Copycats are prolific in the fashion industry. Image by Adobe Stock.
“Imitation is the highest form of flattery…”, or so they say. If you’re doing something so right that people are paying attention, enough so to believe they could profit from selling a copy of it, then perhaps there is an element of flattery or compliment. And they say that copycats are just part of fashion’s game, that they are actually a healthy part of the fashion cycle, to keep things fresh and innovative. But maybe that was a valid truth years ago, before fashion was highlighted as a significant player in our global carbon and waste problem. Now mainstream fashion moves so fast it is dizzying, and fast-fashion copycats have stoked that engine to move faster than it ever has before.
The Luxury Copying The Street
This has long been a trend in fashion, which only more recently has been flagged for the appropriation that it is. Think Zara Rhodes putting punk on the runway in 1977, or Gucci paying ‘homage’ to Harlem tailor Dapper Dan in 2017. This last example is an interesting story, as Dapper Dan became well-known in the 80’s hip-hop scene for creating unique designs from knock-off Louis Vuitton, Fendi and Gucci prints. He was (understandably) sued by said companies, and had to close his business in 1992. Gucci showing a near-replica jacket of Dapper Dan’s some 25 years on, with no credit, felt like ironic appropriation to those who were familiar with his work, and so they took to social media. Later that year Gucci helped Dapper Dan reopen his atelier in Harlem, and they now run a beautiful custom tailoring brand together. A story with a rocky middle, and a fairy-tale ending (or new beginning, as it were). The transparency and viral nature of social media seems to be doing some good in holding luxury brands to account for the appropriation they unleash on the world.
The Big Copying The Small
There are way too many examples of fast-fashion, or even just big brands, copying independent creators. Big mainstream brands like Zara, H&M and Forever 21 have ever-growing lists of the small, independent brands they’ve knocked-off. This is unfortunately because there is such little legal protection when it comes to fashion design. Art and music have better protections than fashion, and even though all three are just as creative as each other, fashion has historically been seen as ‘functional’ and therefore subject to different rules. And so, copying is rife. Consumer behaviours have not helped this phenomenon, as demand for cheaper, trendier items, delivered as soon as physically possible, has only grown with the use of social media. People want the ‘it’ item, but they don’t want to pay full-price for it, so in swoops the fast-fashion copycats ready to take the order. And we all know that what sits behind those fast-fashion brands is no good, but for some consumers, their desires outweigh that truth. There are even social media groups that actively celebrate and knowingly buy-into ‘dupes’ of original designs. And so, the cycle continues, hurting one independent creator after another, as the respect and value for the work they have done to create the once-unique and original design diminishes in the wake of fast-fashion.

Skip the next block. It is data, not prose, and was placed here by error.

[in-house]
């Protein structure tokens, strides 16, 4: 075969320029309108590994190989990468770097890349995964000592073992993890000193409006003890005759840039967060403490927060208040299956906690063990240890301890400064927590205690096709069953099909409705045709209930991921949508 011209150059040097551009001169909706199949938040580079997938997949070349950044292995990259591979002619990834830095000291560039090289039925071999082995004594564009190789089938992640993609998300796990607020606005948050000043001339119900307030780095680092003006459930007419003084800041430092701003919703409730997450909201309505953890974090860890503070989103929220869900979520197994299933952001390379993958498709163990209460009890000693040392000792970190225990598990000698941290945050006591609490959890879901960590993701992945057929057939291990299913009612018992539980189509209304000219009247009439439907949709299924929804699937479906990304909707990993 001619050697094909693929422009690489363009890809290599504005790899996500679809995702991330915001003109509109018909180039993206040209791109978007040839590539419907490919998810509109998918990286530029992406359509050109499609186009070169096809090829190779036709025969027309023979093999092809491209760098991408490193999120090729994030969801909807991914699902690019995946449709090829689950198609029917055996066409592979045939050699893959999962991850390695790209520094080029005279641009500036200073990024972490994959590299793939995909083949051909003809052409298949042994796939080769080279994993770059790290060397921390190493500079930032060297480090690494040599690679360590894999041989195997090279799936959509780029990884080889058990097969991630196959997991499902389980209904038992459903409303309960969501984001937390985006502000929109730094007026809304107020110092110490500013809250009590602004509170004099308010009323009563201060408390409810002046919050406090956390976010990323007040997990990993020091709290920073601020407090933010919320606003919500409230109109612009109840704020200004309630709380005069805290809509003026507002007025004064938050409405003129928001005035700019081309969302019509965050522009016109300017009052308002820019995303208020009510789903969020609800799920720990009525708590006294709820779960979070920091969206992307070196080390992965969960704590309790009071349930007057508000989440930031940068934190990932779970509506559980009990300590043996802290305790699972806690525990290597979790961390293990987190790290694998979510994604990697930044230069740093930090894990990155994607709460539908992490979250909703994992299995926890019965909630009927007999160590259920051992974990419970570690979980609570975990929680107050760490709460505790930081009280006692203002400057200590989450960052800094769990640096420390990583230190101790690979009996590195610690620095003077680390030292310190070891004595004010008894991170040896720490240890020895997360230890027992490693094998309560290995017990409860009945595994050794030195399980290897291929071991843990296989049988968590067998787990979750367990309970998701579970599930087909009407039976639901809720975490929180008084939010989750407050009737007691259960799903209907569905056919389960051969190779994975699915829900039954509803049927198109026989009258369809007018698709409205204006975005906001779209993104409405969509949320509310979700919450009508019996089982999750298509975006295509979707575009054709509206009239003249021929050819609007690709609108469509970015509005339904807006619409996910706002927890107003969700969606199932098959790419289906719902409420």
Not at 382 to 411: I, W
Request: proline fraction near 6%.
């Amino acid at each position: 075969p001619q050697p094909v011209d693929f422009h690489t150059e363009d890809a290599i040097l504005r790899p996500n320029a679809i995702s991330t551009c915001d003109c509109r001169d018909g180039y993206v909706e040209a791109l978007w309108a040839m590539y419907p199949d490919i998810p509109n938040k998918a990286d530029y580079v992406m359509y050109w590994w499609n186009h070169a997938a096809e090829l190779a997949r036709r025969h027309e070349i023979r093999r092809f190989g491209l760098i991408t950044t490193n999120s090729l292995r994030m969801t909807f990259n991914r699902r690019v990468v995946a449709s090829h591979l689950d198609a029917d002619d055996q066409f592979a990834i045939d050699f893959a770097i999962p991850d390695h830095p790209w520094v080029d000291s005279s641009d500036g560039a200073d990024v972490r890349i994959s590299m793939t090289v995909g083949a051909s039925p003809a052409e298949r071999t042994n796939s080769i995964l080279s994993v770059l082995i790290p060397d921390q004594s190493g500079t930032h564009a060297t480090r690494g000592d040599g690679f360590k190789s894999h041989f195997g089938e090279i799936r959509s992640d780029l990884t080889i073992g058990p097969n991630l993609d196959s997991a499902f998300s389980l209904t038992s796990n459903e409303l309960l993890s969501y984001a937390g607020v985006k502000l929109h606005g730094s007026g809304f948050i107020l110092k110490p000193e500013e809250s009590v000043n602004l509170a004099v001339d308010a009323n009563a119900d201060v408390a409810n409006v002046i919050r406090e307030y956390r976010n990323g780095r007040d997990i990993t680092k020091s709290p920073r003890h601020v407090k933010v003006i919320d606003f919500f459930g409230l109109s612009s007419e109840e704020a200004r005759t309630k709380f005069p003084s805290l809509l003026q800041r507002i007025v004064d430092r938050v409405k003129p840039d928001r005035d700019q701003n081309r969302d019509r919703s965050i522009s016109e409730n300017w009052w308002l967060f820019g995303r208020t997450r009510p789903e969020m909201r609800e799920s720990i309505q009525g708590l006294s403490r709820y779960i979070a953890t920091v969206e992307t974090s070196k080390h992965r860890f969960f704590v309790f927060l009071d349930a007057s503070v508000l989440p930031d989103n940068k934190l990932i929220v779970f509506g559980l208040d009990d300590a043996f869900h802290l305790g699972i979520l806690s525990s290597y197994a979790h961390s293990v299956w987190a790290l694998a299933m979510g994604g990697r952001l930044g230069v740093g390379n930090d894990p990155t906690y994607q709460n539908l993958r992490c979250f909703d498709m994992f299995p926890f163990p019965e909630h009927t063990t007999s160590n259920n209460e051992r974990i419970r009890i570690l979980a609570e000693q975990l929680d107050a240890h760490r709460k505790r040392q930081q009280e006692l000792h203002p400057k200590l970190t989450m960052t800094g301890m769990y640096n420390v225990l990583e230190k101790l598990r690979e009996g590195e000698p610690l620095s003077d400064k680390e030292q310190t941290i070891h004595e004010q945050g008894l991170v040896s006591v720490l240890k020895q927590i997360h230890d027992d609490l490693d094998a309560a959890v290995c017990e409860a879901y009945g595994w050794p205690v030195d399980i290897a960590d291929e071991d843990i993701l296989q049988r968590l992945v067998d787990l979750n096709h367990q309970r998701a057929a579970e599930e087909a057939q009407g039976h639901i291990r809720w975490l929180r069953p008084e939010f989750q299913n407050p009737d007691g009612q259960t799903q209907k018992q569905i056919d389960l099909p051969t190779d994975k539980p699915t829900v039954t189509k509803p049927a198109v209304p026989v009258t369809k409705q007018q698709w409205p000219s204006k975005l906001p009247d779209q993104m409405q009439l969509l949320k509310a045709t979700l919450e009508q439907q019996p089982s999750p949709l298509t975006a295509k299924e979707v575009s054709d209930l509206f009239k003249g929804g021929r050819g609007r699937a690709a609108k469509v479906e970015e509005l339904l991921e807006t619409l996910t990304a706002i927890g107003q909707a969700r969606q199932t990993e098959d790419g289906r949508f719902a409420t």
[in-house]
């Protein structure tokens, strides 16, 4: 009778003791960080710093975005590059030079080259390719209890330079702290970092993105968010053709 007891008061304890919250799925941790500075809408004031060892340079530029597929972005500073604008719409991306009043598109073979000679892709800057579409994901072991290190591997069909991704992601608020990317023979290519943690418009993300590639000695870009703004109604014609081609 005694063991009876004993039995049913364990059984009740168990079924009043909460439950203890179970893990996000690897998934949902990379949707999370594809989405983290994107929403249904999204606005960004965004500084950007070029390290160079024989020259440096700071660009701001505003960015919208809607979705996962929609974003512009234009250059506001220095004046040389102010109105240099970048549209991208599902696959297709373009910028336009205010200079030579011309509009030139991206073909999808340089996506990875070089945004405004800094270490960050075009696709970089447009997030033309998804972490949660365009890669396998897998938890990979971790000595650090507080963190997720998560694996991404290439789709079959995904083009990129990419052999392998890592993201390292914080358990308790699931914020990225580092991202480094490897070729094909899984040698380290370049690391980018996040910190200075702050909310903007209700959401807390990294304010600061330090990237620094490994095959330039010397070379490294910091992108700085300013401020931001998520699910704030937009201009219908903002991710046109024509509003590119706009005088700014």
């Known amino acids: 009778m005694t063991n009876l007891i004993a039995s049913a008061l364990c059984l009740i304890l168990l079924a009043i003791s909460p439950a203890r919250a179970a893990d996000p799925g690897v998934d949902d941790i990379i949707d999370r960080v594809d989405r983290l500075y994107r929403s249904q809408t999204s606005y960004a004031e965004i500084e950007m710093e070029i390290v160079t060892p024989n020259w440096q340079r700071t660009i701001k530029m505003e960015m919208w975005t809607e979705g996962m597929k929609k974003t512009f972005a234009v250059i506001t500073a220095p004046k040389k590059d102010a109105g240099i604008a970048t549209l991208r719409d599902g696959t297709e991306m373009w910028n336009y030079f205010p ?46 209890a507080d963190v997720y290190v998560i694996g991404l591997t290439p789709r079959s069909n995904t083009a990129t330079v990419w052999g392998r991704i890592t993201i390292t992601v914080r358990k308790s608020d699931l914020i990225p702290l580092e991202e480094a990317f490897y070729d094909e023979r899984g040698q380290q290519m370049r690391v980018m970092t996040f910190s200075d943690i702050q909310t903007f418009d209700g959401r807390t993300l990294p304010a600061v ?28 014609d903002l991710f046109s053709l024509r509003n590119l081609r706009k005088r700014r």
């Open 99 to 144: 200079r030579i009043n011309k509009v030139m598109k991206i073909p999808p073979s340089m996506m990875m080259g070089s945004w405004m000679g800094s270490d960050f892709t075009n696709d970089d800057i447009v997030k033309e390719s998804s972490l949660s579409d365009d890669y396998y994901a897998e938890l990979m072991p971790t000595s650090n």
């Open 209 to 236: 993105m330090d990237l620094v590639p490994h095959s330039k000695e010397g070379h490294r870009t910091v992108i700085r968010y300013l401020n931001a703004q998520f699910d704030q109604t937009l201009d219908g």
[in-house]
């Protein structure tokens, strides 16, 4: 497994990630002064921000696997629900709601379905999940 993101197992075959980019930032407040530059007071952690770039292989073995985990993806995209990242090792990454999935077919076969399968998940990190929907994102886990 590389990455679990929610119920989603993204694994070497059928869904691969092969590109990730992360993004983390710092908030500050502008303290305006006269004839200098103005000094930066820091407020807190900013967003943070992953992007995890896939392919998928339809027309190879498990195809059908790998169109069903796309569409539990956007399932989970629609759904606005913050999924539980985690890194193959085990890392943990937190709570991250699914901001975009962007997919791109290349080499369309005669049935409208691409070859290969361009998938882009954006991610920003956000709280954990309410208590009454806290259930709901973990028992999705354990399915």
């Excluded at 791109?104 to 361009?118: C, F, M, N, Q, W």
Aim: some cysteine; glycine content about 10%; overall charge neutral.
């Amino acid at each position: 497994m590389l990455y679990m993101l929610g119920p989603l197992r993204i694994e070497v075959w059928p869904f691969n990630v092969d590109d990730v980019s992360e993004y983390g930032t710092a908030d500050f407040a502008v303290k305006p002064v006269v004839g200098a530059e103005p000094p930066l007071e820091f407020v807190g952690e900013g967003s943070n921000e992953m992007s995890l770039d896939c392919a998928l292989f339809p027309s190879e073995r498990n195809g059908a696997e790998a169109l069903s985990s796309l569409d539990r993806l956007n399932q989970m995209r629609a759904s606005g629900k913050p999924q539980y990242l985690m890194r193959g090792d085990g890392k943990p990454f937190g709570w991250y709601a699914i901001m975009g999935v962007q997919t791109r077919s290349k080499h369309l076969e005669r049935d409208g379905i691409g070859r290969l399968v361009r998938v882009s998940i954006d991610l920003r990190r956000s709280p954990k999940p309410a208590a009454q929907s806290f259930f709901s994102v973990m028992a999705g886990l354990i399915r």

The Fast Copying The Slow
Fast-fashion doesn’t just hurt the little guy, it is having undue effects on the higher end too. Social media and the real-time of the internet have hugely disrupted the traditional fashion game, where designers create a collection months ahead of its season, and show it on a runway to potential buyers. Consumers and fast-fashion brands can now view those fashion shows in real-time, and the interest in the trends shown are ignited immediately. Fast-fashion brands that are nimble enough can set about producing copies of the designs shown on the runway (in precarious factory conditions, might I add), which they can deliver to market before the original designer has a chance to. If the existence of high-fashion and copycats together was ever symbiotic, the sheer speed of fast-fashion capabilities these days, which not only undercuts the original creator on the cost of creation and retail price, but also on retail delivery, is surely going to bring that symbiosis to a grinding halt very soon.
What You Can Do
With every purchase, ask Who Made My Clothes? But not only who physically constructed the clothing, but also who designed it. It might not always be possible to know if something is a copy, as maybe the original designer is an independent creator that you are yet to come across. But try get a feel for brands that you really trust in; with real, identifiable people behind their design work. And if you spend enough time on the internet (which we all do, in spades), then you will hear about copycat brands, and it is up to you to put them in your ‘no-go’ shopping zone.
To put it plainly, the desire for cheaper and faster is not sustainable. Our attention spans need to slow down, and each and every consumer needs to take a moment to find out more about the things they buy and wear. Unfortunately, due to historical laws (or lack thereof) and the way the ‘free-market’ is set up, copycats will be always be around, but how much power they have is up to us and the choices we make.
Extra for Experts: If you haven’t already, check out Diet Prada on Instagram; they curate examples of fashion copies, often with hilarious commentary.